By Cris Chinaka
HARARE (Reuters) - Zimbabwe's Constitutional Court ordered President Robert Mugabe on Friday to hold elections before the end of July, adding to the political wrangling over the timing and funding of the vote in the southern African state.
It was ruling on an application to the court by a Zimbabwean citizen demanding that Mugabe set an election date before the current parliament expires next month.
Mugabe, 89 and in power since independence from Britain in 1980, is to face long-time rival Morgan Tsvangirai in the vote.
Tsvangirai and his MDC party have been arguing that the election, after disputed polls in 2008 that led to the formation of a power-sharing government, should be delayed and the date be determined by the reforms necessary to achieve a credible vote.
His MDC says this will allow for the opening up of broadcast media, registration of new voters and reform of the military to ensure it stays out of politics.
A Zimbabwean rights activist, Jealousy Mawarire, filed the case with the Constitutional Court challenging Mugabe to set dates for the presidential and parliamentary election by June 29, arguing the executive risked violating the constitution.
"The elections should take place no later than 31st July 2013," Chief Justice Godfrey Chidyausiku said.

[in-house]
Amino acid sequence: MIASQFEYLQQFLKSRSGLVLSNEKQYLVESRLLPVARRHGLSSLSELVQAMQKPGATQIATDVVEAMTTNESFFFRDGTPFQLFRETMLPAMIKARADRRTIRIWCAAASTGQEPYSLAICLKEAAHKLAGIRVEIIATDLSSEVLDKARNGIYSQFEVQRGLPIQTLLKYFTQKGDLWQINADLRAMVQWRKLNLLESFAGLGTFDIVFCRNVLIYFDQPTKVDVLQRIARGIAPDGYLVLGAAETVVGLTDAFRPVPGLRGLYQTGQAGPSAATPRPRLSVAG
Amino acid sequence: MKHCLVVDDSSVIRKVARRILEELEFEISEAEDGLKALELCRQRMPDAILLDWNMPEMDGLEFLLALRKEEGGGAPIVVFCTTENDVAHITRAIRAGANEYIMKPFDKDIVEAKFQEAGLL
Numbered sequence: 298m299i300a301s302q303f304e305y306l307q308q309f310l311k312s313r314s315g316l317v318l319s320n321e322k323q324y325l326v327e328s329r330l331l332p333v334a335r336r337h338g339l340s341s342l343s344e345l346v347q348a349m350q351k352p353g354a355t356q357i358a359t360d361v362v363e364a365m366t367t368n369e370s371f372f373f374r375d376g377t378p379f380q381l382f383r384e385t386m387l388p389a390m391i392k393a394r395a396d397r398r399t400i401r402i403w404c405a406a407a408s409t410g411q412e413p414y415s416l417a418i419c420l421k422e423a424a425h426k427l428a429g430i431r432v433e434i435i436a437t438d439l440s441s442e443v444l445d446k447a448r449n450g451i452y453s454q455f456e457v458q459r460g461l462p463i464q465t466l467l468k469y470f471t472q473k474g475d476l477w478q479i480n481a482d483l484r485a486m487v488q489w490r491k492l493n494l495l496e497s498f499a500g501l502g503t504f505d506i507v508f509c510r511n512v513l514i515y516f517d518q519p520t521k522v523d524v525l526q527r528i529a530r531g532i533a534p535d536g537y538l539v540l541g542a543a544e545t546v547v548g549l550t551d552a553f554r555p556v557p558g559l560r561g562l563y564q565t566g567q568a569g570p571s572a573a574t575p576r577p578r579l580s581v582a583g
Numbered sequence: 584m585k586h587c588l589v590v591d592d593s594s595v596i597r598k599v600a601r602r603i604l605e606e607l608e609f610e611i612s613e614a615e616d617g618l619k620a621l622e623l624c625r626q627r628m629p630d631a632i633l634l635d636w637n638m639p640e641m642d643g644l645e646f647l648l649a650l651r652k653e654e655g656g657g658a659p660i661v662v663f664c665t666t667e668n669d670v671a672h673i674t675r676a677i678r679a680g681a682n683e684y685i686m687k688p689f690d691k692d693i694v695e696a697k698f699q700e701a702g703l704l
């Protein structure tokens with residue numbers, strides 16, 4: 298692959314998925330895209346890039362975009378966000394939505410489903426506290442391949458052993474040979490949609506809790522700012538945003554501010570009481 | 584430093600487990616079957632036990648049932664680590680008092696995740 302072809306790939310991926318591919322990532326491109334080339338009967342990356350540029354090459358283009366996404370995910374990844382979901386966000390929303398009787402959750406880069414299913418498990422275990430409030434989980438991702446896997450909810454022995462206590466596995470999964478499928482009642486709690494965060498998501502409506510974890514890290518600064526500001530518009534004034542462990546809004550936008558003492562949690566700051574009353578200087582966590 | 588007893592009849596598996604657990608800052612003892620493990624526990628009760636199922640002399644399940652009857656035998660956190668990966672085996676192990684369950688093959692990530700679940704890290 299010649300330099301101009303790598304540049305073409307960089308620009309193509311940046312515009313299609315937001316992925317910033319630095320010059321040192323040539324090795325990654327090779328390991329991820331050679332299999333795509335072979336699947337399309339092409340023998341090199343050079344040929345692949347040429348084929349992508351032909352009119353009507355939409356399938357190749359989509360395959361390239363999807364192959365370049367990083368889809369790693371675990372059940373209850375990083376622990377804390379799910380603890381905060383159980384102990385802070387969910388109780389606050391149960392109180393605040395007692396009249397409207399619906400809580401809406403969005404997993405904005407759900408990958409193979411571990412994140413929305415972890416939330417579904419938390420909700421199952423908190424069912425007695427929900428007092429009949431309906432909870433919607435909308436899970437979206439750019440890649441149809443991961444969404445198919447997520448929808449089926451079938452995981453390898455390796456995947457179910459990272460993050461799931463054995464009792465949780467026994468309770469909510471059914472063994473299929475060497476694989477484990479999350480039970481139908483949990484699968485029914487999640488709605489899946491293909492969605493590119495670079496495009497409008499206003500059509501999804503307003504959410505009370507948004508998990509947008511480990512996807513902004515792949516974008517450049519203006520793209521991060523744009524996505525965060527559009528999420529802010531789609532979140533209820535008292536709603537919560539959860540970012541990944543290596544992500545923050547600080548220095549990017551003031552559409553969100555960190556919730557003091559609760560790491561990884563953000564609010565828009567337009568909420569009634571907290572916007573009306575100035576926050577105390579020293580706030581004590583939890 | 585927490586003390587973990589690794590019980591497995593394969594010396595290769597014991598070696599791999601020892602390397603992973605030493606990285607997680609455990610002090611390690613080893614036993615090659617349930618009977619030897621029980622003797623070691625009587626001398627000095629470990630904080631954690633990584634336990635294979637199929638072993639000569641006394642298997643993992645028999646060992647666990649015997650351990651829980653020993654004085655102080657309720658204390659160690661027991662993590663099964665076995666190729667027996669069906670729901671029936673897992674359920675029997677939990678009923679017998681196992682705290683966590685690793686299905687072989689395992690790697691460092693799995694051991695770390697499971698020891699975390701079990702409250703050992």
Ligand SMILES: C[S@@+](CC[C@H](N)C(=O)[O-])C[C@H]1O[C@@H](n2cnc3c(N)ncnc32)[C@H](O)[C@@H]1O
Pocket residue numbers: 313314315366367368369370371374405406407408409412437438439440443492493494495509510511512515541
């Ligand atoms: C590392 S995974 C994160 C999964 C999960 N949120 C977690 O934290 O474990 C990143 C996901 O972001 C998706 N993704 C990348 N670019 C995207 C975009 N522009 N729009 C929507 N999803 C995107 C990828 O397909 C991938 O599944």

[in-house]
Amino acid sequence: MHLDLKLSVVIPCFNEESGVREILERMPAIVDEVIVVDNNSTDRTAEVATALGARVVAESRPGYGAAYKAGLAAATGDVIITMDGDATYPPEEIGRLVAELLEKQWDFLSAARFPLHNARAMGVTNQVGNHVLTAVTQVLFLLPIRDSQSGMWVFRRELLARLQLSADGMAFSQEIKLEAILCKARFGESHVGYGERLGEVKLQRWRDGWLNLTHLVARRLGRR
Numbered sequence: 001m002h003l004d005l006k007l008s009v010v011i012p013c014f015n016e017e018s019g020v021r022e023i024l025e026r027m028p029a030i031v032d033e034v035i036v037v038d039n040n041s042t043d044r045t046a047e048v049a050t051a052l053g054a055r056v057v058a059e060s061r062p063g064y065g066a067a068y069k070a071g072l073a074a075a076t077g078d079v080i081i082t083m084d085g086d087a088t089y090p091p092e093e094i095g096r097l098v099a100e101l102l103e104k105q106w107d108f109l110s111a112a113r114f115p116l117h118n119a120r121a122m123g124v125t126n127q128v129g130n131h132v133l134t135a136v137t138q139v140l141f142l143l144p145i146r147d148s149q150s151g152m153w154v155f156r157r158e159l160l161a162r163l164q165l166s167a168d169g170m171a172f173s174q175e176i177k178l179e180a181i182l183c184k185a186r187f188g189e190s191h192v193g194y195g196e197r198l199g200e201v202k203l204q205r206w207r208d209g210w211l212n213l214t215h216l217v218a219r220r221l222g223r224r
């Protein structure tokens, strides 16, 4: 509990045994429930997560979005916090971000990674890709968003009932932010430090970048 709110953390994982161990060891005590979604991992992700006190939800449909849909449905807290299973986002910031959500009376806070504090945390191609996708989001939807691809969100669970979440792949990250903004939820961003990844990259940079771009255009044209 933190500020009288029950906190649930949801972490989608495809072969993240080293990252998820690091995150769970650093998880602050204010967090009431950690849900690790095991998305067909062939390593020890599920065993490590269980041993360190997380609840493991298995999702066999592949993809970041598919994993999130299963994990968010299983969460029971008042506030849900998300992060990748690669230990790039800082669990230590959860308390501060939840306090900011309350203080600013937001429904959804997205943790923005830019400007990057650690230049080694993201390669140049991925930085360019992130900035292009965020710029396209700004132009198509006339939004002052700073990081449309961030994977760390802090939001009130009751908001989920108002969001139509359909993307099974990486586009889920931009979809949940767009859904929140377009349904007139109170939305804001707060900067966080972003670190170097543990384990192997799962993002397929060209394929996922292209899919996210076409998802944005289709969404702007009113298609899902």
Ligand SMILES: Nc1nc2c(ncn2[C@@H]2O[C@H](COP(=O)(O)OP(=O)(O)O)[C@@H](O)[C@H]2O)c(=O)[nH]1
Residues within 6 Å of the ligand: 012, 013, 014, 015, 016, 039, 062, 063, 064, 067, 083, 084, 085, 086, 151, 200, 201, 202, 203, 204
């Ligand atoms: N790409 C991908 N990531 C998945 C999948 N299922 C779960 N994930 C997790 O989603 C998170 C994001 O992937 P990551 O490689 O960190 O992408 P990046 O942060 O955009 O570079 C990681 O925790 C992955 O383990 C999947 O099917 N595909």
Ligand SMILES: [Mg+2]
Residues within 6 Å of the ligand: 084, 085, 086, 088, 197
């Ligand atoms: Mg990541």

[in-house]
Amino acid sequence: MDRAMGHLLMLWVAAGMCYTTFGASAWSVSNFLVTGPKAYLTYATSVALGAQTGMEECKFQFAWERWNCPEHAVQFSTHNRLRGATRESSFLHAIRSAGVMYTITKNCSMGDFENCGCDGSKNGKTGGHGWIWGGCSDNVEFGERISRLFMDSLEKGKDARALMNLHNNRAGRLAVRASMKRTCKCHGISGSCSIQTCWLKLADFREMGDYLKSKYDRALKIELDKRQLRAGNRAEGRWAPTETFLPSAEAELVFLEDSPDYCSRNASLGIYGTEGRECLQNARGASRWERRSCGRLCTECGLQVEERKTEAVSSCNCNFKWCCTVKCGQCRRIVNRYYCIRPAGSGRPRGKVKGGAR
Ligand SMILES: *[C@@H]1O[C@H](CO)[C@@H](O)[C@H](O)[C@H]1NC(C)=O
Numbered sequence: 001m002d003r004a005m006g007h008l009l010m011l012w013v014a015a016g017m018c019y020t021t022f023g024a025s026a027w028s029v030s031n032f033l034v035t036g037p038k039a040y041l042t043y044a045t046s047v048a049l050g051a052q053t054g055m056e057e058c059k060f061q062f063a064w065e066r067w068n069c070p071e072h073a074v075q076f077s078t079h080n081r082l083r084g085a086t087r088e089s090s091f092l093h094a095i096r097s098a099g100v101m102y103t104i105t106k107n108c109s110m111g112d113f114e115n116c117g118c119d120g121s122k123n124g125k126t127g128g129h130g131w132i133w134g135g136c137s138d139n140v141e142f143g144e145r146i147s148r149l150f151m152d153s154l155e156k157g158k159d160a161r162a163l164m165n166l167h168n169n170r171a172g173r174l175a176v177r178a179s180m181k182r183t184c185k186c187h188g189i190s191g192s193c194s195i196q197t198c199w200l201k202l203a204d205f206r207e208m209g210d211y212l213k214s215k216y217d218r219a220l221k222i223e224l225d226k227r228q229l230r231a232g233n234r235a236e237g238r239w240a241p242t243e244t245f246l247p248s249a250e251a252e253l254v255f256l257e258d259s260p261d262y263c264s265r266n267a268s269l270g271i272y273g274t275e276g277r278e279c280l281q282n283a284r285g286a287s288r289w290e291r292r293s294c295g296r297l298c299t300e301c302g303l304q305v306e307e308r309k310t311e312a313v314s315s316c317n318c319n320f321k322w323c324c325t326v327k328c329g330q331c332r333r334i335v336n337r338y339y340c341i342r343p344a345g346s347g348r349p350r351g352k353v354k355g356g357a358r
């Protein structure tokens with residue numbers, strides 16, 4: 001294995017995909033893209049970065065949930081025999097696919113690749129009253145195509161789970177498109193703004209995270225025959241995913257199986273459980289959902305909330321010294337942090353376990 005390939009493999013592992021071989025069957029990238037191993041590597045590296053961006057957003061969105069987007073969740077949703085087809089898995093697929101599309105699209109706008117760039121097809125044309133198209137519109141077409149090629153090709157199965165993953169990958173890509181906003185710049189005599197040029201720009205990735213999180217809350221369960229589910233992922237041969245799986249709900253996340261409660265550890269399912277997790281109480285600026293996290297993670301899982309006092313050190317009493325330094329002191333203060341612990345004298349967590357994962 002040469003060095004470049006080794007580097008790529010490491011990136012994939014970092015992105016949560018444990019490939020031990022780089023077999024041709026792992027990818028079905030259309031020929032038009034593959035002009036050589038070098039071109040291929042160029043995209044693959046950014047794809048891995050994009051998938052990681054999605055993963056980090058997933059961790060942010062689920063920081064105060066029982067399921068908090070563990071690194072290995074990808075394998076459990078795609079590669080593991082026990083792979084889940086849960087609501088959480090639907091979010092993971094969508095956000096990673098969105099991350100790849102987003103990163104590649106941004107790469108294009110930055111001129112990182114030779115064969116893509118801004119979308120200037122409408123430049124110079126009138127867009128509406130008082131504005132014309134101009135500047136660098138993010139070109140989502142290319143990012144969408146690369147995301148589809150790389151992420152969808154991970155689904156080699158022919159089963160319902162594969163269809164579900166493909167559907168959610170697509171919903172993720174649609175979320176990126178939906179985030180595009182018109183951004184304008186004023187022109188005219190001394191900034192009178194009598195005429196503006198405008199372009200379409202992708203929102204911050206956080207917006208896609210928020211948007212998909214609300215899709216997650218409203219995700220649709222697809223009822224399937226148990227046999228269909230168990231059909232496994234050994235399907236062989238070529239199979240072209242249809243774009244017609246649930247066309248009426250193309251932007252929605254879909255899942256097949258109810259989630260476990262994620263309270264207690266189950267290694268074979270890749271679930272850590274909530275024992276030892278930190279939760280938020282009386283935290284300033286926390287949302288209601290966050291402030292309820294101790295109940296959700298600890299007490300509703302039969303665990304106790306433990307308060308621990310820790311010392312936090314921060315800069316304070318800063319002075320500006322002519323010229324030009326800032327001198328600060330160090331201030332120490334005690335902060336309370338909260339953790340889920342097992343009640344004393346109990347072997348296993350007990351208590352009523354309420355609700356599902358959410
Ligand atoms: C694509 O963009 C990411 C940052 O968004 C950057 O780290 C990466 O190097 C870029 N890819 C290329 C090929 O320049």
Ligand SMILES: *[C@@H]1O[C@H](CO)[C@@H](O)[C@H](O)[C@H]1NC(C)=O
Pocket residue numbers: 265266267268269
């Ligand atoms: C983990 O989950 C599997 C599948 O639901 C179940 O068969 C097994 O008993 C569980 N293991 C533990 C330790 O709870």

Chidyausiku, whose ruling was supported by six other judges, said it was now legally impossible to hold elections by June 29, but that Mugabe had violated Mawarire's rights as a voter by not proclaiming an election date so far.
There was no immediate response from the presidency or his ZANU-PF party but lawyers say Mugabe could seek an extension on the July 31 date through the courts.
Constitutional law professor Lovemore Madhuku said although it was possible for the courts to review the order, to take into account difficulties for having elections by July 31, it would not be ideal because Zimbabwe would be ruled by presidential decree after June 29, when parliament was set to be dissolved.
"The president must be subjected to constitutionalism and the two months the court has given the government is sufficient time to hold elections," he said.
Finance Minister Tendai Biti, a top member of Prime Minister Tsvangirai's MDC (Movement for Democratic Change), has said the country is struggling to find $132 million needed to hold the election. Regional leaders have called a summit to help Harare raise the money.
Biti also said uncertainty over the election date could have caused the economy to shrink by as much as 3 percent in the first quarter and was pushing it closer to recession just as it was pulling out of a decade of decline.
ZANU-PF wants election funding with as few strings as possible. It withdrew a request to the United Nations to fund the poll, accusing it of trying to interfere in domestic issues.
The MDC is keen to attach the money to the deployment of election observers. It fears ZANU-PF, whose members are under Western sanctions for suspected rigging of previous votes, will use the security forces to intimidate voters.
Any repeat of violence that accompanied the last vote in 2008 could end the nascent economy recovery and unleash another refugee crisis similar to the one five years ago when hundreds of thousands fled to neighbouring South Africa.
(Editing by Jon Herskovitz and Alison Williams)